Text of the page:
an Engineer - An illustrated history of engineering education in   and concepts such as quality and reliability of the product. 1
the United States and Canada”. A relevant excerpt follows:
                                                                   Taken in this historical perspective, the title of this paper - “A
The history of engineering education in the United States          new approach to integrating design and manufacturing into
and Canada has been characterized by progressive                   engineering curricula” is not wholly accurate. This approach
tensions. During its early development, engineering                is not really “new”, but is part of that movement to
                                                                   reemphasize engineering practice. While the content of

                        1995 ASEE Conference Proceedings June 25-28, 1995 Anaheim, California
curricula, as well as the balance between theory and practice      1) A practice-based engineering curriculum which balances
has dramatically changed over the decades, the predominant            analytical and theoretical knowledge with manufacturing,
delivery method in most engineering schools today - the               design, business realities, and professional skills;
lecture - is relatively unchanged from that of a century ago.      2) Learning Factories at each partner institution, integrally
Lecture is a time honored, efficient technique for delivering         coupled to the curriculum, for hands-on experience in
large quantities of analytical information. In recent years, new      design, manufacturing, and product realization;
findings in cognitive processes2 3 and behavioral psychology4      3) Strong collaboration with industry;
have demonstrated the limits of lecture, and alternatives to       4) Outreach to other academic institutions, government and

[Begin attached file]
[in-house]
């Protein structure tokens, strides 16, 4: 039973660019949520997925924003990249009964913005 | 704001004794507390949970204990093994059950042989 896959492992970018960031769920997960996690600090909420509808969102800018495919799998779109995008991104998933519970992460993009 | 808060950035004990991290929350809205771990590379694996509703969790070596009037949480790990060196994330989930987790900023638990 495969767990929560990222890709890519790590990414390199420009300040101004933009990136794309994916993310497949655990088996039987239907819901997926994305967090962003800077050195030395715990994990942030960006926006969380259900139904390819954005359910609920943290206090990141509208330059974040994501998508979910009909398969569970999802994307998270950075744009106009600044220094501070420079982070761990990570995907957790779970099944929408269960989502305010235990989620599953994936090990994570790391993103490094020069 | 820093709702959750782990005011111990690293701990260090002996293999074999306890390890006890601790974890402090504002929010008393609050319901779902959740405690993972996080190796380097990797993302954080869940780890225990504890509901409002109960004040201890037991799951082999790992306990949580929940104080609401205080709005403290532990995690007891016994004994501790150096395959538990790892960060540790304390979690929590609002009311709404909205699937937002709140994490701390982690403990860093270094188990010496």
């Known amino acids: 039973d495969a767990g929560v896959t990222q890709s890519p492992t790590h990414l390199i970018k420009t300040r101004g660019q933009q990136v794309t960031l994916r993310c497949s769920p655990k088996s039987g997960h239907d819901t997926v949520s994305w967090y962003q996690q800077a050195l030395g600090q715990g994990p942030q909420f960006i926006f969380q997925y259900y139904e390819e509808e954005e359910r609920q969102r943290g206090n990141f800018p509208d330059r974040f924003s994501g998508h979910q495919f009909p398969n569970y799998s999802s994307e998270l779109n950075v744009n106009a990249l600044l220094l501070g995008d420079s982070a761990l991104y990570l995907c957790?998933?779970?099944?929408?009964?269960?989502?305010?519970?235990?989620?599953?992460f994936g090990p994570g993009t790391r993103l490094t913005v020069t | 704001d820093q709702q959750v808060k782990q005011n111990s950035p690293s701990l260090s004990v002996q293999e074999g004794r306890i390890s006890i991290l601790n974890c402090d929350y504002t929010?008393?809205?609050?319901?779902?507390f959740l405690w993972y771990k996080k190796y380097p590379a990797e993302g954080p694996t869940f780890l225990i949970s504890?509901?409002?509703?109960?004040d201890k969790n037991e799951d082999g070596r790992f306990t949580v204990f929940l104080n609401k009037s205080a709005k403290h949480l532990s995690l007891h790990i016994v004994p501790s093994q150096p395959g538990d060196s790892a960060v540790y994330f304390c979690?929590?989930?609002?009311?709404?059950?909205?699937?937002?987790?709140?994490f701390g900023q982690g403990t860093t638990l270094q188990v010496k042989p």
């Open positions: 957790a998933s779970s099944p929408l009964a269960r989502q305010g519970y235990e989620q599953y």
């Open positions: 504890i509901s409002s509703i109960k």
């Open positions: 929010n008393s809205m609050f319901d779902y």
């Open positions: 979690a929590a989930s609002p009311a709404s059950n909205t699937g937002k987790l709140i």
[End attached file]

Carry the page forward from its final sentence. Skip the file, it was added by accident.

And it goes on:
augment its effectiveness have been proposed5, including              industry.
laboratories and cooperative learning.
                                                                   The Partners:
Lectures encourage passivity in students, leading them to          The Manufacturing Engineering Education Partnership
expect the instructor to provide all required knowledge.           (MEEP) brings together three major universities with strong
Lectures are geared toward the verbal learner, and do not take     engineering programs (Penn State, University of Puerto Rico-
into account the varied learning styles of our students. Many      Mayagüez, University of Washington), a premier high-
engineers are in reality “visual learners”, much better served     technology government laboratory (Sandia National
by active, visual and tactile teaching methods6. Many students     Laboratories) and corporate partners covering a wide spectrum
who have the intelligence and creativity to be excellent           of US. Industries. The partnership draws on the special
engineers find little fulfillment or stimulation in the rigid      strengths of each member and provides a unique opportunity to
confines of the lecture hall, and drop out of formal engineering   share physical and intellectual resources and explore diverse
programs as a result. They do not see the relevance of their       educational approaches. Students at these institutions come
required courses to the actual practice of engineering. Too        from a wide range of geographic, socio-economic and cultural
often these are promising minority or female students, to          backgrounds. Together, these schools graduated 2,384 B.S.
whom this lack of relevance and stimulation is sometimes “the      engineering professionals in the 1992-1993 academic year, all
straw that breaks the camel’s back”. Just as one cannot learn to   with the potential for significant impact on our nation's
drive without getting behind the wheel; or to swim without         industrial competitiveness.
getting wet; entry into the profession of engineering,
particularly in the area of design, requires far more than         Penn State (PSU) is a land grant university with over 38,000
sitting in a lecture hall.                                         students drawn primarily from the urban/industrial Northeast.
                                                                   The College of Engineering at Penn State, established in 1896,
The National Science Foundation has recognized the                 has a long tradition as one of the country's leading educators of
deficiencies in engineering education and is providing             engineers. Approximately one in fifty engineers in the United
impetus to change by sponsoring several major education            States with a bachelor's degree in engineering earned that
initiatives and coalitions7 including the partnership described    degree from Penn State. As part of its land grant tradition,